COVID-19 has radically changed our lives. Hence, it is crucial to analyze the ways in which the responses of the Tunisian authorities' to the pandemic and the implementation of effective and proportionate security measures have affected the civil rights and individual freedoms of citizens.
In this interview, Mahassen Segni, our Democracy Program Coordinator, speaks to Professor Wahid Ferchichi, Professor at the Faculty of Legal, Political and Social Sciences of Carthage University and founder of the Tunisian Association for the Defense of Individual Liberties, about the challenges of having effective COVID-19 measures while staying committed to the protection of individual rights and liberties for the whole period of the crisis.
For more information, please see a follow-up report covering the period from March to July 2020.
Politics are brimming with metaphoric references to games – be it the famous “Great Game” as the diplomatic confrontation of great powers in Asia at the beginning of the 20th century was referred to, the understanding of strategic moves in a region as a “chess board,” war “theatres” or references to the “players,” the strong of them framed as “actors,” the weak as “pawns”, or the crazy ones behaving like “wild cards.”
Put ‘Minorities in the Middle East’ into any search engine and a huge volume of articles are displayed insinuating that ethnic, tribal, family and sectarian affiliations are the only relevant factors needed to aid an understanding of the politics and societies of the Maghreb and Mashreq. Be it the often praised ‘mosaic’ of multi-ethnic and multi-religious societies, or the explanation and anticipation of actual and potential conflicts in the Middle East, that are shaped by ethnic, tribal or confessional affiliations, the reading has a flavour of exoticism and orientalism. So for this issue of Perspectives, we decided to ask authors in a broader sense about minority-majority relationships that can, but do not necessarily have to, tackle ethnic or confessional subjects.
On the occasion of celebrating 100 years of Heinrich Boell, the Heinrich Boell Foundation Middle East office has published a graphic novel, a visual adaptation of three short stories of Heinrich Boell in English and Arabic. Illustrations by Raphaelle Macaron, Migo Rollz and Magdy El Shafee, Joseph Kai and Abraham H. Zeitoun.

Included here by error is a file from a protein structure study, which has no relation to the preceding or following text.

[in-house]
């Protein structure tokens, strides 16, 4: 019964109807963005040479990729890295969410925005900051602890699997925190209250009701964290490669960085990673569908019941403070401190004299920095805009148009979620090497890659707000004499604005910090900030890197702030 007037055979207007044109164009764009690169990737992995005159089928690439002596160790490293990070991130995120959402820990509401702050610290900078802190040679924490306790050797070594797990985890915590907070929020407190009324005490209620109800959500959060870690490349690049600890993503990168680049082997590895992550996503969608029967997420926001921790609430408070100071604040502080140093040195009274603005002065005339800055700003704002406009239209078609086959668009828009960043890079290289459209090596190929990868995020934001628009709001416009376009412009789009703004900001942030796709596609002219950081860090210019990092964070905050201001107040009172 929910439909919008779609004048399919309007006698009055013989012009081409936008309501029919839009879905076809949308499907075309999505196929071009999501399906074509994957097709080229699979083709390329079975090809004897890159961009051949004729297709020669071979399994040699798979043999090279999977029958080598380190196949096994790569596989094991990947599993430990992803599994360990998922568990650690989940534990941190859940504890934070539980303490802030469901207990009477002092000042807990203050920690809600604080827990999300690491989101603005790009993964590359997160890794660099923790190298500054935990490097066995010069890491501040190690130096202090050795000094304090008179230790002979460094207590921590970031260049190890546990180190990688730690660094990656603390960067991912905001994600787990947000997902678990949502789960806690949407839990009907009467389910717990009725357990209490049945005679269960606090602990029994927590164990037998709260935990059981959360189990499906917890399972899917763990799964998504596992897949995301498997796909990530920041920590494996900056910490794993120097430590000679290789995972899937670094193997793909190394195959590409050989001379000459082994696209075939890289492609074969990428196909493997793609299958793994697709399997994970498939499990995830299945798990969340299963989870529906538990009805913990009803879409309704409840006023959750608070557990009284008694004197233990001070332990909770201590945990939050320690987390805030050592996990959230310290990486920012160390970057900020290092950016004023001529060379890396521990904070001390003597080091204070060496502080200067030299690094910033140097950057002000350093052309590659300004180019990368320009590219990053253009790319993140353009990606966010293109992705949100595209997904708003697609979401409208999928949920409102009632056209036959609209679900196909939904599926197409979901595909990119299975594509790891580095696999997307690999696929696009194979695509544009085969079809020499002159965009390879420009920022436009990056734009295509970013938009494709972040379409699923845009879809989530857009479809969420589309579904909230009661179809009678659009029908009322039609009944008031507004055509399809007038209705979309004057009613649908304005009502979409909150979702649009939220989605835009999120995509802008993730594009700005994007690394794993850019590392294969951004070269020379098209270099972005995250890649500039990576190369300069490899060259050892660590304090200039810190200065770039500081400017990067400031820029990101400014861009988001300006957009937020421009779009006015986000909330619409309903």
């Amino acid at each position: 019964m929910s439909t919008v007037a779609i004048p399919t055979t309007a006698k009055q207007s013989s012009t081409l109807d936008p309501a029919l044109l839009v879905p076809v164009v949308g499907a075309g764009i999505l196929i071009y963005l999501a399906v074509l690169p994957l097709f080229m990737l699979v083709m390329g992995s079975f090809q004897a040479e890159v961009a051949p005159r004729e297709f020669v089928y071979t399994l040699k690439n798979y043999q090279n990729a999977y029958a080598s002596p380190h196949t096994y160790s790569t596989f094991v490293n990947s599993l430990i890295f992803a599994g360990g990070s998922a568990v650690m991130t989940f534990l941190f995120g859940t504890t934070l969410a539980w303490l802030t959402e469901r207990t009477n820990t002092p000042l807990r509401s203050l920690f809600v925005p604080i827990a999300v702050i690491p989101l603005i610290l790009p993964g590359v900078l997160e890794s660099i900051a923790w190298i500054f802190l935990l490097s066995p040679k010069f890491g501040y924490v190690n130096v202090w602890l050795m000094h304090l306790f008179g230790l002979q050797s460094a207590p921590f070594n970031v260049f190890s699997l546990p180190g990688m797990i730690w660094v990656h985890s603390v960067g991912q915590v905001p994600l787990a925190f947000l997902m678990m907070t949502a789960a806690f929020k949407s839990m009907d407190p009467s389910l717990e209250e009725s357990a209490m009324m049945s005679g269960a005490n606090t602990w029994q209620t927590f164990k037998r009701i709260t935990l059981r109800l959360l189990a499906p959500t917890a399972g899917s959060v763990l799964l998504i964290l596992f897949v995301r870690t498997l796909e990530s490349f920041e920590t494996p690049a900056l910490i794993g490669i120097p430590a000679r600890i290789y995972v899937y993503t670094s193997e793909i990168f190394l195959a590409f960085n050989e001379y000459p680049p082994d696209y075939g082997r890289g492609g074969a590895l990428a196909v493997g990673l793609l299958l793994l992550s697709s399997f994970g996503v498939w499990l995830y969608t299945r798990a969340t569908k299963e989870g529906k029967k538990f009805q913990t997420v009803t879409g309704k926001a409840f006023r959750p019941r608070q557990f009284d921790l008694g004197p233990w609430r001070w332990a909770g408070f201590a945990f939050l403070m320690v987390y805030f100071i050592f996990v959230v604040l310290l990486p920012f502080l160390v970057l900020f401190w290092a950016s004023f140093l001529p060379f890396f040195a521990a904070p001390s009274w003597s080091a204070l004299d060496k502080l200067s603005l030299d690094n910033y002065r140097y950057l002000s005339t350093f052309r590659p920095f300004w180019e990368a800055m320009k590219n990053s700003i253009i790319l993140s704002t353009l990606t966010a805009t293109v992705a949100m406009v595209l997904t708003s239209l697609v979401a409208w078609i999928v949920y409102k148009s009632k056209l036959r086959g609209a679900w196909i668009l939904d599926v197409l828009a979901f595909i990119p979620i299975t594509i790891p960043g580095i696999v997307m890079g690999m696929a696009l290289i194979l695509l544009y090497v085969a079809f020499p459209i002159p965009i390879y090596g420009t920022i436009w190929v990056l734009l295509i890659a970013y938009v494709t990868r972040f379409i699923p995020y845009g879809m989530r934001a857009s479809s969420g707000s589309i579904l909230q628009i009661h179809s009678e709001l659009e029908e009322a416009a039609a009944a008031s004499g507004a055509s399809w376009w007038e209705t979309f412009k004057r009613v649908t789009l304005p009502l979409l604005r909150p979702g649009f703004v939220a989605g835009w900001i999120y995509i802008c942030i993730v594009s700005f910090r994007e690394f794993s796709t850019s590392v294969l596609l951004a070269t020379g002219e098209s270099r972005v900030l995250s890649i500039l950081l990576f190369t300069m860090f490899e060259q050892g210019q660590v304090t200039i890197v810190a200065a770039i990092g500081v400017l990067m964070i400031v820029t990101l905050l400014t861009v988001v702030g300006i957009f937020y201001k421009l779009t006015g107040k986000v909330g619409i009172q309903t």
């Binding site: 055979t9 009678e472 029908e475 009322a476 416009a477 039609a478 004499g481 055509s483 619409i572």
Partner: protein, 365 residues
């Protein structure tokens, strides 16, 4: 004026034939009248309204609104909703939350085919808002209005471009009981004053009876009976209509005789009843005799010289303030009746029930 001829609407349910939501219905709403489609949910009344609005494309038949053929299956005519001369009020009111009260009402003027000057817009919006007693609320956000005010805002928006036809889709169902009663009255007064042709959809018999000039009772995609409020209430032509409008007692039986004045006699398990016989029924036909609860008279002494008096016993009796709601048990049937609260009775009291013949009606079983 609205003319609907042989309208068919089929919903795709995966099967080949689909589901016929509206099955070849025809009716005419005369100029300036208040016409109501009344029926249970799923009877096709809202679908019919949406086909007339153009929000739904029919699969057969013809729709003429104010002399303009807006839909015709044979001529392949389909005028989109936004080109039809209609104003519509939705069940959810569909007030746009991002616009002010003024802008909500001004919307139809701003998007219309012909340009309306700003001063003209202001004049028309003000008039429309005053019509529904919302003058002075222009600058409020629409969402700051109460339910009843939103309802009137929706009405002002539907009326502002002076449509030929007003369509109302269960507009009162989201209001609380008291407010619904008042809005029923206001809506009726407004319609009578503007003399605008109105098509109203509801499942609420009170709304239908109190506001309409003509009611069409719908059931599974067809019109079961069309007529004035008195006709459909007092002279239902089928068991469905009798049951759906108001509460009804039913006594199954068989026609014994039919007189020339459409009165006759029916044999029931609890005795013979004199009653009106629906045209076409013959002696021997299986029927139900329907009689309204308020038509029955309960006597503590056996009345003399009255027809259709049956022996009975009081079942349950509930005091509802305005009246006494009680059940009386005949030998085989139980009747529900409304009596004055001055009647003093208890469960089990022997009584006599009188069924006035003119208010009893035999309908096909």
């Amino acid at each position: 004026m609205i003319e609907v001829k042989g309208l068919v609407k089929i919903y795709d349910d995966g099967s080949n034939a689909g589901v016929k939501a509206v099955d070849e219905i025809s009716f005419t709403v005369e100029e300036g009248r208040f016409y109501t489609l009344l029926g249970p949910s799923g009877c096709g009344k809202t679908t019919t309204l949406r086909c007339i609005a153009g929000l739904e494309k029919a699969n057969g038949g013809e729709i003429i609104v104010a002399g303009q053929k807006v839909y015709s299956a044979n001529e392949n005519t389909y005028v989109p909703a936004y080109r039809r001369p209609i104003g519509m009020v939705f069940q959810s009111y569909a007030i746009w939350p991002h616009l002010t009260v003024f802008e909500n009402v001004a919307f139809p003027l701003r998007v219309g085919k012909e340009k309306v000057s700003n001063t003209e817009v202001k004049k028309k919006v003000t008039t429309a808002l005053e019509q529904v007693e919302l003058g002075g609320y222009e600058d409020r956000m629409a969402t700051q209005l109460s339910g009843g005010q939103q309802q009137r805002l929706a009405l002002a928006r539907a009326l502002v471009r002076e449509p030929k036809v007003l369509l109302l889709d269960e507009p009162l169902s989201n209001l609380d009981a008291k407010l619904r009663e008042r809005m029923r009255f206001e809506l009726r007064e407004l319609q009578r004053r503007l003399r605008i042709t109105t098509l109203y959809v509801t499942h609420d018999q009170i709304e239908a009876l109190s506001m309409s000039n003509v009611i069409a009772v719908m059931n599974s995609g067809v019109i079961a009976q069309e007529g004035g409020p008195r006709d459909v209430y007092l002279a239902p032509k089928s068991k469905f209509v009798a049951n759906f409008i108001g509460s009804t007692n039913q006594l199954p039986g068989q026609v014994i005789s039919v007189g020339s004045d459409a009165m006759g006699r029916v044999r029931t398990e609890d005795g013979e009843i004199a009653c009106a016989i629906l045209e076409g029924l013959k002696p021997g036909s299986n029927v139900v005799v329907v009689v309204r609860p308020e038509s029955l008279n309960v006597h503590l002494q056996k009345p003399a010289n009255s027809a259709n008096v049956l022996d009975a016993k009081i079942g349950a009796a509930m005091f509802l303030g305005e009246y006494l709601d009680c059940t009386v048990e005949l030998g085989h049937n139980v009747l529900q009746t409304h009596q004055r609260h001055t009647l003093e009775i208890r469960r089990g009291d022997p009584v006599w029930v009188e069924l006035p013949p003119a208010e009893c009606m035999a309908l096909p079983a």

Governments and corporations are driving the demand for water, land and organic resources of all kinds as never before. Citizens are fighting for their rights and working to preserve their livelihoods. Our study "Tricky Business" shows how the mechanisms of expropriation work.
Countless combinations of tastes and textures shape the rich culinary landscape of the region. Bridging cultural differences and political rifts, food is a common thread for many in the Arabic speaking world. It is an essential part of a nation’s identity and sophisticated recipes are almost an issue of national pride: although most mouth-watering dishes are often the result of a long history of international migration of ingredients.
This year marks 50 years of occupation – a significant period, not only for Palestinians living inside historical Palestine, but indeed first and foremost for them. It means an accumulation of 50 years of dispossession, displacement and oppression, 50 years under threat of being evicted, of losing their fields, springs, orchards and homes. 50 years without political and civil rights, without a future for themselves and their offspring. 50 years of despair and shattered hopes.
Demokratie und Demokratisierung erscheinen derzeit als gefährliche Luxusgüter. Dieses E-Paper bietet einen einführenden Überblick in die Reihe „Stabilität ist eine Illusion“ zu den aktuellen Entwicklungen in zentralen Politikfeldern Ägyptens.
Despite waging a «war on terror» for more than three years, the current Egyptian leadership has failed to provide lasting security. Instead of focusing on the real terrorist threats that do exist, the security approach was exploited to silence and remove political opponents and to squash resistance against authoritarian rule.
When women in the Middle East make the headlines, it is usually as victims. Disturbing stories of the so called 'Islamic State' (ISIS) kidnapping and raping tens of thousands of women are sadly often the ones which stick in the Western memory. But there is more to women's political lives in the region than their victimisation and oppression. We decided to look to the future, present and past in this issue, in order to present an alternative narrative which challenges these representations of women.
When ISIS announced the establishment of the so-called ‘Islamic State’ it fuelled discussions as to whether this would herald the ‘end of Sykes-Picot’ – borders artificially drawn by the colonial powers at the beginning of the twentieth century. But borders are more than ‘lines in the sand’: they divide. While the privileged few may cross legitimately by simply presenting their passport, for most, these borders present difficult if not insurmountable hurdles. People fleeing from war, climate change or economic hardship, attempt to cross the Mediterranean but many drown trying.
On October 3rd 2016, Oliver Krischer vice-president of the green parliamentary group in the German Bundestag gave this presentation on the development of environmental policies as policy area in Germany.